The city commissioners, who oversee elections, are reviewing the provisional ballots, a process that takes several weeks. Commissioner Al Schmidt - who, along with Commissioner Anthony Clark, dumped Commissioner Stephanie Singer as chairwoman after the election - said that he shares Butkovitz's "interest in the matter" and that a pre-audit meeting will take place next week.
Mayor Nutter will ask his staff to "make a thorough inquiry" into what happened on Election Day, mayoral spokesman Mark McDonald said.
Of the 10 largest U.S. cities, Philadelphia is the only one in which elected officials run elections, according to the government-watchdog group Committee of Seventy, which has called for eliminating the city commissioners as an elected office. That would require an amendment to the Home Rule Charter.
"In the past," McDonald said, "the mayor has mentioned the possibility of transforming some elected offices into administrative offices, but he's not addressing that issue at this point in time."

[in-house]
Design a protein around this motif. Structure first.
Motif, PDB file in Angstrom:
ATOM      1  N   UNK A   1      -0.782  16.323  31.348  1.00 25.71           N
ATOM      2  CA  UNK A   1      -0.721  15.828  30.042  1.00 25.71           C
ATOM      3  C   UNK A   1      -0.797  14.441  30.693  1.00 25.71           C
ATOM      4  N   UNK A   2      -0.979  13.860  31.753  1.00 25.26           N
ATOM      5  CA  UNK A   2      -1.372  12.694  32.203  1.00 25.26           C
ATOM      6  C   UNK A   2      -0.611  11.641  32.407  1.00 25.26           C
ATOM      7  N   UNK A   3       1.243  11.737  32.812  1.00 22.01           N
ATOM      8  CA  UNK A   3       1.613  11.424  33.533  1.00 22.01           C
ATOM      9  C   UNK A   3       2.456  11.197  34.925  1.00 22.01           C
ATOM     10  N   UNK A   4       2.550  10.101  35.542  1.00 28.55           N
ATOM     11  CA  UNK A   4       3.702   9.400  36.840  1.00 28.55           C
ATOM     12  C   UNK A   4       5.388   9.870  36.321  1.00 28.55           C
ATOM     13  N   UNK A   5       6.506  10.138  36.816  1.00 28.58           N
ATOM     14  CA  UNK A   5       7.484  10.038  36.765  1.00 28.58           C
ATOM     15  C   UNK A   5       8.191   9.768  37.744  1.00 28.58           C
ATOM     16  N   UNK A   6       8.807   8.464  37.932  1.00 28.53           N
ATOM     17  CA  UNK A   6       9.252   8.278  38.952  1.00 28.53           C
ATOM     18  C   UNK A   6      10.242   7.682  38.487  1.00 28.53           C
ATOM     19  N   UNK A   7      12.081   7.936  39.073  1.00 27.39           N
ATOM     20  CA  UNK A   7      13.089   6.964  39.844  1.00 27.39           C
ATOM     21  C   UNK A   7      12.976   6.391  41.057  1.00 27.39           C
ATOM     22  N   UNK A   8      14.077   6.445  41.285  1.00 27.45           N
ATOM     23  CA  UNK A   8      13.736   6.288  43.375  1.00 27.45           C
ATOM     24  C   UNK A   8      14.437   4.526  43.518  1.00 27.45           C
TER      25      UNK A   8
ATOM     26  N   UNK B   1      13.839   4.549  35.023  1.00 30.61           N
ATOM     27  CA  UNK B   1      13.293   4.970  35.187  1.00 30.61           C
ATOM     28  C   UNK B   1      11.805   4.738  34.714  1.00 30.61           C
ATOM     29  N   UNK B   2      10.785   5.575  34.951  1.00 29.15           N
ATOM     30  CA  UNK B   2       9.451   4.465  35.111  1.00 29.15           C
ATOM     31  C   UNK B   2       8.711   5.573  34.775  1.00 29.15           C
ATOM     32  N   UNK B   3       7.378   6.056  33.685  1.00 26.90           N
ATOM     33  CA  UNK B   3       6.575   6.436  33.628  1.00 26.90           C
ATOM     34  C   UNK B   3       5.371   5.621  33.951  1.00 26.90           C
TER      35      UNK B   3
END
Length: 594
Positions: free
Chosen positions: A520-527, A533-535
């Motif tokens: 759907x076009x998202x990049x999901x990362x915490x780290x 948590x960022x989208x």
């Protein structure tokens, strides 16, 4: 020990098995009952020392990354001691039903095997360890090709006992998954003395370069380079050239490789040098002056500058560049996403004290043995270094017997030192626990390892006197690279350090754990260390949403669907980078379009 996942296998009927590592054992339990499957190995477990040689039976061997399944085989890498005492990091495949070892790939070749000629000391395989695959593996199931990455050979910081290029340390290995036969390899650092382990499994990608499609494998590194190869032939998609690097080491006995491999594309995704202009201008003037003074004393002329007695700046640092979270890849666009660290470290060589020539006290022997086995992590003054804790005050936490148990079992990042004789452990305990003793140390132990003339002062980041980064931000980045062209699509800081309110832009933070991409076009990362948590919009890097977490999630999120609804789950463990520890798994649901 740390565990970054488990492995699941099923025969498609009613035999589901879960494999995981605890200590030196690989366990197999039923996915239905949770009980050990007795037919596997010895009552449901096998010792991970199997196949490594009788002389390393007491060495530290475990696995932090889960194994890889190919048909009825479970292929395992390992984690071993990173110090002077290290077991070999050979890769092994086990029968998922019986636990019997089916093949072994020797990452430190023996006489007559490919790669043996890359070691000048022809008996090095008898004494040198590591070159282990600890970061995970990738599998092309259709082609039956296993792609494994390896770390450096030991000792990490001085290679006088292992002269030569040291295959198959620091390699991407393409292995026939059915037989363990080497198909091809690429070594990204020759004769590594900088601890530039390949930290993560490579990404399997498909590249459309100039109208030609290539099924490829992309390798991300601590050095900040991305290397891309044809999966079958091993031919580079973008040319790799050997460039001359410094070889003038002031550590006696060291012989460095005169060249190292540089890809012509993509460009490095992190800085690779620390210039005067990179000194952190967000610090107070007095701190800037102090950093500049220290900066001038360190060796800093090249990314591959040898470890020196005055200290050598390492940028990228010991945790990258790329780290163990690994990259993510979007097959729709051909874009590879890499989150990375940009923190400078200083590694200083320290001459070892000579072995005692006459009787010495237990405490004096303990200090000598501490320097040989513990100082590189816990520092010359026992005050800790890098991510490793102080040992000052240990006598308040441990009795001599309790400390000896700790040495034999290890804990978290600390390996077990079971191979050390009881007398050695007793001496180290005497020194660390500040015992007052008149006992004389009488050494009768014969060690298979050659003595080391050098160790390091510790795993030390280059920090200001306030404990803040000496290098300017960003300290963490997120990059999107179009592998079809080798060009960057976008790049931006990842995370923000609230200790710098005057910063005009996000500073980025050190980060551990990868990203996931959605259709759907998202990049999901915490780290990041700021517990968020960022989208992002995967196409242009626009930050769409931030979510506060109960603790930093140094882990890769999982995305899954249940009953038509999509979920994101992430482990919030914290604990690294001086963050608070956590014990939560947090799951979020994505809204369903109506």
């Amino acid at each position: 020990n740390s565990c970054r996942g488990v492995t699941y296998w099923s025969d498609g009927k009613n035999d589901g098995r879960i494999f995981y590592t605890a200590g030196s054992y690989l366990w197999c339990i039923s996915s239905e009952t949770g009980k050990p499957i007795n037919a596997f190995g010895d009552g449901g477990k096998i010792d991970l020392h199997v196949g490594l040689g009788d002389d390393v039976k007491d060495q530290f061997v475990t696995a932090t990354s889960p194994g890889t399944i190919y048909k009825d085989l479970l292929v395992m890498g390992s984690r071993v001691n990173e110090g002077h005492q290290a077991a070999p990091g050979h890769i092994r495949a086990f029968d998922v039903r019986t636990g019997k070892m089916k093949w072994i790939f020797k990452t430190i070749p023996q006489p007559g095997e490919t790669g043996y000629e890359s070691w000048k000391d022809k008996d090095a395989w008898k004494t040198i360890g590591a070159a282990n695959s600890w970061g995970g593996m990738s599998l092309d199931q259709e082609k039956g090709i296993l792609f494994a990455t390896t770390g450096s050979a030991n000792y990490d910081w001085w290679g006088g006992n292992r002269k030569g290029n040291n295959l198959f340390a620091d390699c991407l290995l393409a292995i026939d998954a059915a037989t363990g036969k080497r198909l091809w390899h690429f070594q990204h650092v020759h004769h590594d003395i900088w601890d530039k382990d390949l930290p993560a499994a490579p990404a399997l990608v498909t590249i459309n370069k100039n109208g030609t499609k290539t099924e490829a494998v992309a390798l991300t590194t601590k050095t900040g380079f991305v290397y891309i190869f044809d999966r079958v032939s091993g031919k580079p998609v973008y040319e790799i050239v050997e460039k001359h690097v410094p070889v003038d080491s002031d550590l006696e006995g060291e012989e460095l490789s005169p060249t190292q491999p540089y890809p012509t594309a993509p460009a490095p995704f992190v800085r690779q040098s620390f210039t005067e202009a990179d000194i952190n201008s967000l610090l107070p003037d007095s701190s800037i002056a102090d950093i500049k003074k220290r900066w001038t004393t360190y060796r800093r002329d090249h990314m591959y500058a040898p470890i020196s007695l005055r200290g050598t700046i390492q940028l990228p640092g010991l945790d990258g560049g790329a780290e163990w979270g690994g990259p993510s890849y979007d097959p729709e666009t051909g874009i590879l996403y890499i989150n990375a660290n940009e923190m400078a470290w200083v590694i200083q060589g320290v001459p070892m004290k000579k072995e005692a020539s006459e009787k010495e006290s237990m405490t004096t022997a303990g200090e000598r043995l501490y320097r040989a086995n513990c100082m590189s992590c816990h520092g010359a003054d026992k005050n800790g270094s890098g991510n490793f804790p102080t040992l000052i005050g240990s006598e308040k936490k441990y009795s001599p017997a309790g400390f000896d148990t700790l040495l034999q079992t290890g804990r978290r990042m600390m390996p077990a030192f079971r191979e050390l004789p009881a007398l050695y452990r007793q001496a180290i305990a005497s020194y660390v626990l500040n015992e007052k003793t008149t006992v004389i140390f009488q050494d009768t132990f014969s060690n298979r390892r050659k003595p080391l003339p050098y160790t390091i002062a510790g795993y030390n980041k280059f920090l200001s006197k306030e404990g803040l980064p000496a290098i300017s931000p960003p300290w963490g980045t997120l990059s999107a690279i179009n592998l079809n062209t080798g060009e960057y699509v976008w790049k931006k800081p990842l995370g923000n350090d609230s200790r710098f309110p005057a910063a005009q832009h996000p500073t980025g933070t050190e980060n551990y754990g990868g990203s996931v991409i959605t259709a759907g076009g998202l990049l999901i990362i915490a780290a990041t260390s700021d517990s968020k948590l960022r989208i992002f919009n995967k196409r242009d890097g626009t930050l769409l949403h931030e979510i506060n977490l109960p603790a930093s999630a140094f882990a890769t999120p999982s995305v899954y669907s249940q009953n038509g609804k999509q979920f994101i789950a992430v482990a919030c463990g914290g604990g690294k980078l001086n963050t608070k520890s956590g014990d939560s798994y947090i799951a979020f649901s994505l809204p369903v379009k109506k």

Butkovitz said his audit would address that issue as well.
Meanwhile, Singer on Monday sent out an email and posted a blog item about "infighting" among the city commissioners. She said that Schmidt and Clark, the new co-chairmen, showed little interest in an idea she had in September to use real-time tracking of provisional ballots on Election Day, which she said would have prevented many problems.
Singer also suggests in the blog post that the state Republican Party was behind the takeover of the city commissioners, and describes the alliance between Clark and Schmidt as "bad news for Democrats."